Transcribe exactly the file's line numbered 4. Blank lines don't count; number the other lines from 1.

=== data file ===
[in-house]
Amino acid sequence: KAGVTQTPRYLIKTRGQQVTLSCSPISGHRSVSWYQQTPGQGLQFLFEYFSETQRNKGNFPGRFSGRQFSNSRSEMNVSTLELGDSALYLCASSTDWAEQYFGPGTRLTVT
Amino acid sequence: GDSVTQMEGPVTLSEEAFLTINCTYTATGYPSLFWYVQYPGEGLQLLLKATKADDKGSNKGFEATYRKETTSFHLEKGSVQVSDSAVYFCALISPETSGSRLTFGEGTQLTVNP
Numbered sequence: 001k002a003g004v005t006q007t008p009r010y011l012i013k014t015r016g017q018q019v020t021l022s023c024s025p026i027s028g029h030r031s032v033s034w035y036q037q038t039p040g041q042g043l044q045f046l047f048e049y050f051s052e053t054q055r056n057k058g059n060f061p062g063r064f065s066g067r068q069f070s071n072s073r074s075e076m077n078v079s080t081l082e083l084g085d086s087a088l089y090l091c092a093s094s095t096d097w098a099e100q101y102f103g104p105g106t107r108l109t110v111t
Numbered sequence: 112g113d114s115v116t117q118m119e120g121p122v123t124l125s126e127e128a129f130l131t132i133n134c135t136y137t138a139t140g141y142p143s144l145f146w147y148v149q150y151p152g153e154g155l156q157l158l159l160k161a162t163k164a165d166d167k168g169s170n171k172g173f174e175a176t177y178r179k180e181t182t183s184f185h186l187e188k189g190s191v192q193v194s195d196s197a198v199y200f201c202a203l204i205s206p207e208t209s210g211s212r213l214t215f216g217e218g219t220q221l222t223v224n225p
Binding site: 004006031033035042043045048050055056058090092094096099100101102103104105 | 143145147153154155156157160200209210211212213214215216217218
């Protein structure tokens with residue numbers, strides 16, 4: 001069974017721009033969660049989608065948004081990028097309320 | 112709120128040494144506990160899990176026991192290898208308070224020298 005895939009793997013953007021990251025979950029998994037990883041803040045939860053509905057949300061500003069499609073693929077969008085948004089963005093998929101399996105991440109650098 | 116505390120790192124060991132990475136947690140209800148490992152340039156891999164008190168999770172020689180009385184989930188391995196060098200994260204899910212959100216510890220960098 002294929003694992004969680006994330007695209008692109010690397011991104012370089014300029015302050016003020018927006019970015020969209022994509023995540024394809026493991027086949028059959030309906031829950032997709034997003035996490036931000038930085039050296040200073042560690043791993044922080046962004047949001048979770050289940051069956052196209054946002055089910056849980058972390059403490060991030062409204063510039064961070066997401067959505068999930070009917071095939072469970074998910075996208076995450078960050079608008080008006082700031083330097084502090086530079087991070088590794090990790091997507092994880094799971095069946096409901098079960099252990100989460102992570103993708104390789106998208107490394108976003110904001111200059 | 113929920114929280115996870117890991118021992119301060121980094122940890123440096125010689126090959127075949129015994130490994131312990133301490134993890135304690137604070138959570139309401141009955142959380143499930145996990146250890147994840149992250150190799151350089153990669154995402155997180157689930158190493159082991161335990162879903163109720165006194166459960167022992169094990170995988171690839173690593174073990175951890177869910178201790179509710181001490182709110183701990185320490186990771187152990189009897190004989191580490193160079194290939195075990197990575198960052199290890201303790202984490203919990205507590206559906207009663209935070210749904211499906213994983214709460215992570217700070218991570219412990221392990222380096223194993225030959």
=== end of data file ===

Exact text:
Numbered sequence: 001k002a003g004v005t006q007t008p009r010y011l012i013k014t015r016g017q018q019v020t021l022s023c024s025p026i027s028g029h030r031s032v033s034w035y036q037q038t039p040g041q042g043l044q045f046l047f048e049y050f051s052e053t054q055r056n057k058g059n060f061p062g063r064f065s066g067r068q069f070s071n072s073r074s075e076m077n078v079s080t081l082e083l084g085d086s087a088l089y090l091c092a093s094s095t096d097w098a099e100q101y102f103g104p105g106t107r108l109t110v111t